Christine Perkell’s commentary on Aeneid 3 is a welcome addition to the growing number of commentaries on Classical texts currently being published for undergraduate students at an intermediate level. As its preface states, it is part of a projected series of commentaries on all the books of the Aeneid from Focus Publishing which aims ‘to make available to […] students the full help with translation that many of them, quite new to Latin, need, along with the addition of materials reflecting the breadth and interest of contemporary approaches to the Aeneid,’1 and it succeeds very well in these aims. Though American college students are the stated target audience, there are many students in Britain, Australia, New Zealand, Canada and elsewhere, similarly coming to university without much or any background in Latin, for whom this commentary will also provide much-needed assistance with Virgilian diction, technique, prosody and themes. If Aeneid 3 has in the past been less frequently taught on its own than other books of Virgil’s epic, this commentary makes it accessible, and thus has the potential greatly (and deservedly) to increase its popularity in the curriculum.
The commentary offers its readers a range of aids (for a full list, see the table of contents at the end of this review). These include helpful appendices on Vergil’s meter and on stylistic terms used in the body of the commentary,2 and a full vocabulary.3 An introduction to the Aeneid by the series editor, Randall Ganiban, succinctly sets the text in its historical, political and poetic contexts.4 Perkell’s introduction to Book 3 then briefly argues its importance for the epic before discussing in more detail the implications of Virgil’s allusions to (and – she stresses – differences from) Homer’s account of Odyssean homecoming, an issue that is also explored throughout the commentary. The introduction also identifies some key themes and motifs of Book 3, such as exhaustion, flight, uncertainty, misinterpretation and loss, which will be further traced and developed in the commentary proper, and finally addresses the question of Book 3’s putative imperfections (its half-lines, its varying tone, and some occasional startling choices of vocabulary by the narrator Aeneas). Perkell is unconvinced that these reflect a poet still honing his epic craft, as Horsfall has argued in his densely detailed and scholarly commentary on Aeneid 3,5 and instead urges that readers pay close attention to Virgil’s use of reported speech in characterising both Aeneas and the many individuals whose stories he narrates throughout Book 3.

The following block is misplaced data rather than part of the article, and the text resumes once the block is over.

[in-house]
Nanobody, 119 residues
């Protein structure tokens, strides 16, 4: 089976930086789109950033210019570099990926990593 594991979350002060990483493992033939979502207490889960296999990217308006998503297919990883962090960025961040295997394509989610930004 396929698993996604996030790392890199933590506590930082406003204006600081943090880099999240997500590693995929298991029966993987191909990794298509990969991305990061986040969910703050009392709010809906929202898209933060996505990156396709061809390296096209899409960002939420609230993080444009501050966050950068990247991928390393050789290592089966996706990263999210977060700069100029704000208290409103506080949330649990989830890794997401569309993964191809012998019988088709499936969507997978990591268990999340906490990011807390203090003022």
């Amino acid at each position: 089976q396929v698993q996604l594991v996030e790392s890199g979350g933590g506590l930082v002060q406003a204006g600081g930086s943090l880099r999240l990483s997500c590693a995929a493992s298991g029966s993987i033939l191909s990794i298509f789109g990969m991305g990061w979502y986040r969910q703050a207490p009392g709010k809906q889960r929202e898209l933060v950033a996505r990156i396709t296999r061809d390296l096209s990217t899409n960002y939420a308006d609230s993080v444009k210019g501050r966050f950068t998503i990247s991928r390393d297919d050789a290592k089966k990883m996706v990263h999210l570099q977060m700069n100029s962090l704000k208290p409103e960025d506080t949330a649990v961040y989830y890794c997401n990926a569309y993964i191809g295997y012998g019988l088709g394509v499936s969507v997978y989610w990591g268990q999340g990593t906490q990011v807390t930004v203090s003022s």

The commentary itself then begins: between two and thirteen lines of the text are given per page,6 with commentary in smaller font below. The commentary also contains brief synopses of the various sections into which Perkell has divided the narrative. The synopses are usually followed by short discussions of the key themes and interpretative questions related to that section before the lemmata commence. The discussion after the synopsis of ll. 1-12 ( After the fall of Troy, Aeneas and his companions build ships for their journey to a new homeland), for example, treats both Aeneas’ characterisation as a leader growing into authority and the rhetorical techniques used in these lines ‘to achieve emphasis, solemnity and pathos’. The synopsis of ll. 13-18 ( The Trojans land in Thrace; Aeneas begins to found a town, naming it after himself) is followed by a brief discussion of the representation of Trojan colonial practice in the Mediterranean and the ways in which Virgil uses and adapts the Aeneas legend. His novel association of Polydorus’ story with Aeneas’ is then further discussed after the synopsis of ll. 19-48. This fuller discussion considers the Euripidean source of Virgil’s Polydorus episode, its important motifs (‘the failure of attempts to preserve, refound, or imitate Troy’, and ‘“inadvertent trespass” (editor’s term), in which Aeneas stumbles into impiety or other violence’), as well as the range of scholarly responses to it.
Though there are some errors in matching line numbers to the Latin quoted and discussed in the lemmata,7 the commentary itself is well pitched to its audience, combining translation help with grammatical analysis (and references to Allen and Greenough, New Latin Grammar (1931)),8 and noting points of historical, cultural, literary and metrical interest in ways that often enhance appreciation of the effect and implications of Virgil’s poetry. For example, among comments on ll. 564-65 ( tollimur in caelum curvato gurgite, et idem / subducta ad manis imos desedimus unda.), where considerable help is given with translation and comprehension, we also read on desedimus : ‘The “instantaneous perfect” (from desidere), unexpected after the present tollimur, dramatizes the event through the contrast of tenses.’ Or elsewhere, on l. 490 ( sic oculos, sic ille manus, sic ora ferebat), Perkell not only assists with the translation of ferebat but also notes the parallel to Odyssey 4.148-49 ‘where Menelaus likens Telemachus to Odysseus in his hands, feet, hair, eyes’ and in the same lemma comments on the ‘highly emotional’ tricolon abundans with anaphora (asterisks attached to both terms refer the reader to Appendix B).